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A friend of mine was asked that question in his on-phone job interview a couple of days a go. I don't have a clue. can anyone suggest a solution? (His job interview is over. just out of curiosity now ) 10x.

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1  
In what language? –  Blorgbeard Mar 23 '11 at 9:28
    
I think he means java –  Sachin Shanbhag Mar 23 '11 at 9:28
    
Well i'm curious to see the answer –  Matthieu Napoli Mar 23 '11 at 9:29
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If I were answering that interview question, I'd like to say, "If I wanted a final class, I'd use the flippin' final keyword. It's there for a reason." I understand that they're probably trying to glean something about the interviewee's creativity, but there are better ways than asking about how someone might avoid using a language to it's fullest capability. –  Rob Hruska Mar 23 '11 at 11:01
    
@Rob: I'd consider that part of the question, myself. A good chunk of the answer is the techniques below, but if a candidate was able to say "of course, this gives the 'can't extend' semantics of final classes, but since they're not technically final there are some optimisations that HotSpot might not realise it could do, ... etc." then surely that's bonus marks as well. Both parts show knowledge of the relevance of final, and the latter shows awareness and a sense of "good" and "bad" vs. merely "functionally correct" code. –  Andrzej Doyle Mar 23 '11 at 11:11

6 Answers 6

up vote 9 down vote accepted
  • Mark constructor as private
  • Provide a static method on the class to create instance of a class. This will allow you to instantiate objects of that class
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1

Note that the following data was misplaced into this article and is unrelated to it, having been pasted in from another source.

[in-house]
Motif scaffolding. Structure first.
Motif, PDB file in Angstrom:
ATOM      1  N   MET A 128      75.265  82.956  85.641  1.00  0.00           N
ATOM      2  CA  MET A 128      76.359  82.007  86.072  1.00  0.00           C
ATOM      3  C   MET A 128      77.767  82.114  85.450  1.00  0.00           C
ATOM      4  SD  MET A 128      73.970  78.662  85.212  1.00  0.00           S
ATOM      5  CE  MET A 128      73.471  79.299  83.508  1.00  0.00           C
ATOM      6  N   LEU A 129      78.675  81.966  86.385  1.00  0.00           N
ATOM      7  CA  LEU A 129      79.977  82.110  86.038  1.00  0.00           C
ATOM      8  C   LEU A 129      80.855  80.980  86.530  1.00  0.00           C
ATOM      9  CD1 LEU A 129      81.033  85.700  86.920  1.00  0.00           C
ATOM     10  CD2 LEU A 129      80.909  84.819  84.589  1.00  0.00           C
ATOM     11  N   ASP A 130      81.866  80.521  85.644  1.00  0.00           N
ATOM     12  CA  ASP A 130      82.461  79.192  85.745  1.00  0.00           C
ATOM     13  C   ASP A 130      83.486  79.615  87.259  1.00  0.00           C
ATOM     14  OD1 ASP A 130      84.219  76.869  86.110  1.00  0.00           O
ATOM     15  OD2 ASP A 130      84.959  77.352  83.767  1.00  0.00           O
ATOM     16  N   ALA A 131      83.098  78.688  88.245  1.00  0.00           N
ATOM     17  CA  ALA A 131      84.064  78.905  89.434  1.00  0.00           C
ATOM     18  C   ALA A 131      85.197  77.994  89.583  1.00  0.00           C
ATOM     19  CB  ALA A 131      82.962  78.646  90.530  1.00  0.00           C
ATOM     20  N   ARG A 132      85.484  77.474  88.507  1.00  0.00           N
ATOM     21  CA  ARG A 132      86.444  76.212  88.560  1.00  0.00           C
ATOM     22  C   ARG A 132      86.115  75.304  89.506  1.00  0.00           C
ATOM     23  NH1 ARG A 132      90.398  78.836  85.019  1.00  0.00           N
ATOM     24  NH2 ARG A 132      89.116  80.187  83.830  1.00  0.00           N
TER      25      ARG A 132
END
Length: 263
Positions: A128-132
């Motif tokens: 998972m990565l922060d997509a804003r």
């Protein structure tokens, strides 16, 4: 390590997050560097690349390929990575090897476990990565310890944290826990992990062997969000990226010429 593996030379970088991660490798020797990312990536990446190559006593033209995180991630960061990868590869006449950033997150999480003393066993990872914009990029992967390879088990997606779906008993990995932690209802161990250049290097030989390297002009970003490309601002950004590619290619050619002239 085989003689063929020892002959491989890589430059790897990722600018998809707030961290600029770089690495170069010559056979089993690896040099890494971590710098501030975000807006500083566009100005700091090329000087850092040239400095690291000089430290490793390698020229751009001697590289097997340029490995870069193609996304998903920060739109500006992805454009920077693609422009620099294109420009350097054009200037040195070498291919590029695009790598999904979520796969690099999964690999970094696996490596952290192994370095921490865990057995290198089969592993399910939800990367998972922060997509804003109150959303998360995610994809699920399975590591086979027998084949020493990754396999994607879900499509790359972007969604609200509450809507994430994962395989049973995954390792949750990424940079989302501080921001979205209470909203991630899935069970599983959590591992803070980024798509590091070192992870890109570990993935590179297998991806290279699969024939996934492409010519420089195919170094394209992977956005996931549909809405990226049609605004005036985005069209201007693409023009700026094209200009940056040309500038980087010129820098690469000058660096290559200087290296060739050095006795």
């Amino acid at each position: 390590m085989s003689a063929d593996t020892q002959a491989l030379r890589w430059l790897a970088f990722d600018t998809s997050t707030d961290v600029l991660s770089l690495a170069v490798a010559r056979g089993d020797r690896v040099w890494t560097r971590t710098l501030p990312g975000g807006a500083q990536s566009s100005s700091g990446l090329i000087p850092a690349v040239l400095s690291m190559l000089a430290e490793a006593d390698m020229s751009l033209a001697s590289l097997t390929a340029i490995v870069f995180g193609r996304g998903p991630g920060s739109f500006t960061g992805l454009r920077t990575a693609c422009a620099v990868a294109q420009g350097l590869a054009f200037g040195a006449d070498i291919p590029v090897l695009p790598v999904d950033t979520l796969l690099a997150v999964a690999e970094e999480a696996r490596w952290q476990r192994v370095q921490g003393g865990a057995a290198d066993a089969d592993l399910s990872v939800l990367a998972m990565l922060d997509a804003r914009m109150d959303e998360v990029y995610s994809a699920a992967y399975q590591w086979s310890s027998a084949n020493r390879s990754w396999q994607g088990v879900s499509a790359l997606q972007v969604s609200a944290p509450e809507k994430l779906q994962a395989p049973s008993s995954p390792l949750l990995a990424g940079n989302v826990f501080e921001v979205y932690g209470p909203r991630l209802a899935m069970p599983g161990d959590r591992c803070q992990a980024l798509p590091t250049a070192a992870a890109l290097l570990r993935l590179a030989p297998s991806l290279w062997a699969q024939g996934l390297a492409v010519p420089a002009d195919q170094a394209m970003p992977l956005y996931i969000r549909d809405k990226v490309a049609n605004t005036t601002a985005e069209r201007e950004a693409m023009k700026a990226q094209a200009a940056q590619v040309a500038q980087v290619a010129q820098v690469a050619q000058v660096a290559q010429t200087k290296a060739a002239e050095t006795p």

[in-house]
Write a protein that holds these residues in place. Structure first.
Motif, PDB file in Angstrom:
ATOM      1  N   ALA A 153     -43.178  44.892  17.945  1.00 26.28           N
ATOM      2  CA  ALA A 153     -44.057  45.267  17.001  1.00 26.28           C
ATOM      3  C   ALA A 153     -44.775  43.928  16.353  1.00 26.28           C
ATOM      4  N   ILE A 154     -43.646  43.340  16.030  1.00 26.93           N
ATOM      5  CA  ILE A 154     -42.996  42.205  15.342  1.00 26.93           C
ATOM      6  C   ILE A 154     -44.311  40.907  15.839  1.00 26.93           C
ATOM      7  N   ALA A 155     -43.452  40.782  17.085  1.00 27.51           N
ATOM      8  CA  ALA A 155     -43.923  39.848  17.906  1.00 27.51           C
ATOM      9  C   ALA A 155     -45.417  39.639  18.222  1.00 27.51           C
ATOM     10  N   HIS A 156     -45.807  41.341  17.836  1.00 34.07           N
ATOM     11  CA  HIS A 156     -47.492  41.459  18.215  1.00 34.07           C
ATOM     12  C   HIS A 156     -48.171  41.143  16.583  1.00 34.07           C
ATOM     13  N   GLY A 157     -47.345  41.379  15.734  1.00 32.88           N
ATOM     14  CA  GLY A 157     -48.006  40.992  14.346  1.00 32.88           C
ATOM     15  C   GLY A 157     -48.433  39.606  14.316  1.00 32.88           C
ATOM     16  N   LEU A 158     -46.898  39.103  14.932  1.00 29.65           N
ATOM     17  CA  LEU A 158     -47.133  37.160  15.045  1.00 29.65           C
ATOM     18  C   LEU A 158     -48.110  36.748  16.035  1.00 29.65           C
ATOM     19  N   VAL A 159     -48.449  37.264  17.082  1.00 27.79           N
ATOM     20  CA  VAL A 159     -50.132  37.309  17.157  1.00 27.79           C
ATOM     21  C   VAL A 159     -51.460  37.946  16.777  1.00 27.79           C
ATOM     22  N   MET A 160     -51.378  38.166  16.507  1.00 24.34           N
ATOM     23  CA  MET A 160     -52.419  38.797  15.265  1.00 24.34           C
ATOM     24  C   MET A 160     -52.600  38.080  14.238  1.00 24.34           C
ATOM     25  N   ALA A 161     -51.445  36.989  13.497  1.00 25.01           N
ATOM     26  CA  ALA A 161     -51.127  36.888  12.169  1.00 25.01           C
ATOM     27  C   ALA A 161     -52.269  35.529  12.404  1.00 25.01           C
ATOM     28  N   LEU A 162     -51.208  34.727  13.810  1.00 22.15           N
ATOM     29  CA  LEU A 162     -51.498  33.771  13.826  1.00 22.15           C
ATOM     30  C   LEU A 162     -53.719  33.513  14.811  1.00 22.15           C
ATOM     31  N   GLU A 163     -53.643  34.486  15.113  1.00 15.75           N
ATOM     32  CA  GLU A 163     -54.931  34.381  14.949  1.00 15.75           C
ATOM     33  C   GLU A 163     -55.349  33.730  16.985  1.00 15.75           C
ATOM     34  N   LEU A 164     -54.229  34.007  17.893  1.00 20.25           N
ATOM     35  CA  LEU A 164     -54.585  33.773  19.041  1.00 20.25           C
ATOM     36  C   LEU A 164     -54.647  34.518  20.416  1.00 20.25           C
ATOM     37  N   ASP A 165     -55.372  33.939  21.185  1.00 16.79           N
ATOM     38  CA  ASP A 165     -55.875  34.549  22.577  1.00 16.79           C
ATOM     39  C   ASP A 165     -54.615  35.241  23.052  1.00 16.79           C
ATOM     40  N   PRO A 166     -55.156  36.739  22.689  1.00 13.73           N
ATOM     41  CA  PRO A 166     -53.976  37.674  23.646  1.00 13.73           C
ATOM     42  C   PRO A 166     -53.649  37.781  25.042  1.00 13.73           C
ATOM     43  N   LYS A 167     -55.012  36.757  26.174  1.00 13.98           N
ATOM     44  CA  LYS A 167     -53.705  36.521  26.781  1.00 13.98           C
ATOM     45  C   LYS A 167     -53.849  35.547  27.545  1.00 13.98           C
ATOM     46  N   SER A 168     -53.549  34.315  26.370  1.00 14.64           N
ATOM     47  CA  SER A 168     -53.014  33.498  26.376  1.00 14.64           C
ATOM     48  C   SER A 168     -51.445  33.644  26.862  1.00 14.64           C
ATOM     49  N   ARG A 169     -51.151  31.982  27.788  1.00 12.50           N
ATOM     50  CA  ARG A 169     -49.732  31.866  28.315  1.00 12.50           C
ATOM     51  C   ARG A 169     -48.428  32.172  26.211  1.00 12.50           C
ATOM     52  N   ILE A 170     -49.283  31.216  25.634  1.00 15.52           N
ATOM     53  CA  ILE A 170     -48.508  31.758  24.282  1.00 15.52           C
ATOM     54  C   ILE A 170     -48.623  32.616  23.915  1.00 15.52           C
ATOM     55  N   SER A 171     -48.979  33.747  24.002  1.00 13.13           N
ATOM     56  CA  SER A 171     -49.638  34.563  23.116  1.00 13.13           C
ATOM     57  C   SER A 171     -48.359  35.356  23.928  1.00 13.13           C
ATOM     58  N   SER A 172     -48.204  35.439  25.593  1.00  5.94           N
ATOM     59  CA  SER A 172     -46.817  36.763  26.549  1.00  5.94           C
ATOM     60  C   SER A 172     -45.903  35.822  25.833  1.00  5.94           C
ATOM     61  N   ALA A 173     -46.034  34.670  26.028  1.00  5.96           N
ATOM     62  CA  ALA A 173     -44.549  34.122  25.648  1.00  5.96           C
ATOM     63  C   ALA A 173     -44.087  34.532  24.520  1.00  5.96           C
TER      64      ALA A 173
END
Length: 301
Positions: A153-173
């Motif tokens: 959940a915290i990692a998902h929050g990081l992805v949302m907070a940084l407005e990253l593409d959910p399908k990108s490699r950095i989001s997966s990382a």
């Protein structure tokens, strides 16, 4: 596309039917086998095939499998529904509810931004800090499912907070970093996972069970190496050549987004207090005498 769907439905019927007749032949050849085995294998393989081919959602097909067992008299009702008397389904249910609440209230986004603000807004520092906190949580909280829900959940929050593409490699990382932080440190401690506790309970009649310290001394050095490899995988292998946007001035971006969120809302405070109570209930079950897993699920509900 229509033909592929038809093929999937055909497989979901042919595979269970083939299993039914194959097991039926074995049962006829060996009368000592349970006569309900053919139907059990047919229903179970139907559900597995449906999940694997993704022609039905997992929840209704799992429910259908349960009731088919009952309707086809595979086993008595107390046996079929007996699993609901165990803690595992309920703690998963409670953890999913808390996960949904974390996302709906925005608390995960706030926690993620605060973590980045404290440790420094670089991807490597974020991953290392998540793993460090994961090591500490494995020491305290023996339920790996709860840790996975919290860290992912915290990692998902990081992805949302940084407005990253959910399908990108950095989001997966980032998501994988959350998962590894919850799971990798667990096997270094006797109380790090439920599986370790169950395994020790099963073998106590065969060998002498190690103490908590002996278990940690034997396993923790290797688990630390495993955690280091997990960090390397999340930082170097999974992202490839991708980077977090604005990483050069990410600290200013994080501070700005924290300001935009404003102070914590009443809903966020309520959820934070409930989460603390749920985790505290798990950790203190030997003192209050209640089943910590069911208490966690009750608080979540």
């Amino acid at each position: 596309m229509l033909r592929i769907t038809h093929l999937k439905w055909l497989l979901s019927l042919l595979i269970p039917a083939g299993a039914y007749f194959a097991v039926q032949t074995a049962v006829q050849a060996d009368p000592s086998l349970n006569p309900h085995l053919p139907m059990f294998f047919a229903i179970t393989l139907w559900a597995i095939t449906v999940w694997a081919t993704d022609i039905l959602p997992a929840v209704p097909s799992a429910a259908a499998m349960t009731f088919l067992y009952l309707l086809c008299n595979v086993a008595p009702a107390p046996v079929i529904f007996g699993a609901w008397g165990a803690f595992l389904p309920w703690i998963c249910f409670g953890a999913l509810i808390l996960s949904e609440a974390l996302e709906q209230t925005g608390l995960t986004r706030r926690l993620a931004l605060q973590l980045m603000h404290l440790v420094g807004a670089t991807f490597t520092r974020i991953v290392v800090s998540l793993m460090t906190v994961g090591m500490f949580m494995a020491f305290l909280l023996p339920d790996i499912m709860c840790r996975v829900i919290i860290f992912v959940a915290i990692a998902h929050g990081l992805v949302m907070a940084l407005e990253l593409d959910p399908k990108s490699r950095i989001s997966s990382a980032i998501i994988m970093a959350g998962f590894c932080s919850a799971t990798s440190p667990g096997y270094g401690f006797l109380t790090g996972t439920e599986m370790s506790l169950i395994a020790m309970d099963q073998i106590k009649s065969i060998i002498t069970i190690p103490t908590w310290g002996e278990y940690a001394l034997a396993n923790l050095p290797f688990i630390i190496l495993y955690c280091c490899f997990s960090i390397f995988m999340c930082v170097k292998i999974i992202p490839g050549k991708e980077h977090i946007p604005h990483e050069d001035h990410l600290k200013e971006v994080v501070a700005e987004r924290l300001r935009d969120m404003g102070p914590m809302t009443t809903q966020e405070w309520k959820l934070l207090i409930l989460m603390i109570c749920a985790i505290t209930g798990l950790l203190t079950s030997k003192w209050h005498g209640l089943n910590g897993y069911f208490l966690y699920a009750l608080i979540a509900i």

And if you want to be safe from unsafe publication, mark your fields volatile. –  Tom Hawtin - tackline Mar 23 '11 at 11:05
    
Is there any extra benifits it has when final keyword is used with proposed two lines.? @byte –  gnanz May 26 '11 at 6:34
    
@byte Singleton ? –  Goodwine Dec 17 '13 at 7:34
    
Correct but this will only prevent object creation. But final class can't be overridden,so question is how to prevent inheritance? How to stop class being inherited(without using final)? –  Nishant Shah Apr 26 at 7:22

I don't know what they mean exactly mean by a final class. If they mean a class that cannot be extended by inheritence, than clearly this cannot be done, except by marking that class with final (or sealed, or whatever the language keyword is).

But if the mean final as in immutable, such that a derived class can't modify the value of the fields in the class,than the base class should have all of the fileds and accessor methods private.

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1  
"If they mean a class that cannot be extended by inheritence, than clearly this cannot be done, except by marking that class with final" - wrong. It can also be achieved by making the constructor(s) private. –  Péter Török Mar 23 '11 at 9:42

Create a private constructor without parameters?

public class Base
{
    private Base()
    {
    }
}

public class Derived : Base
{
//Cannot access private constructor here error
}
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http://www2.research.att.com/~bs/bs_faq2.html#no-derivation

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While this link may answer the question, it is better to include the essential parts of the answer here and provide the link for reference. Link-only answers can become invalid if the linked page changes. –  Roddy of the Frozen Peas Aug 15 '12 at 6:02

Make all the constructors of that class as private to stop inheriting, Though not recommended.

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Static classes can't be inherited from

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what do you mean? –  khachik Mar 23 '11 at 9:38
    
you try and create a class that inherits from a static class. It can't be done. For all intents and purposes, the static class is final/sealed whatever. –  Xhalent Mar 23 '11 at 9:41
    
public class Test { static class A {} static class B extends A{} public static void main(String [] args) throws Exception { B b = new B(); System.err.println(""+b); } } paste in Test.java, compile, and run, please. –  khachik Mar 23 '11 at 9:43
    
"static classes" in a language that has final? Must be static nested classes, which can be extended. –  Tom Hawtin - tackline Mar 23 '11 at 11:04

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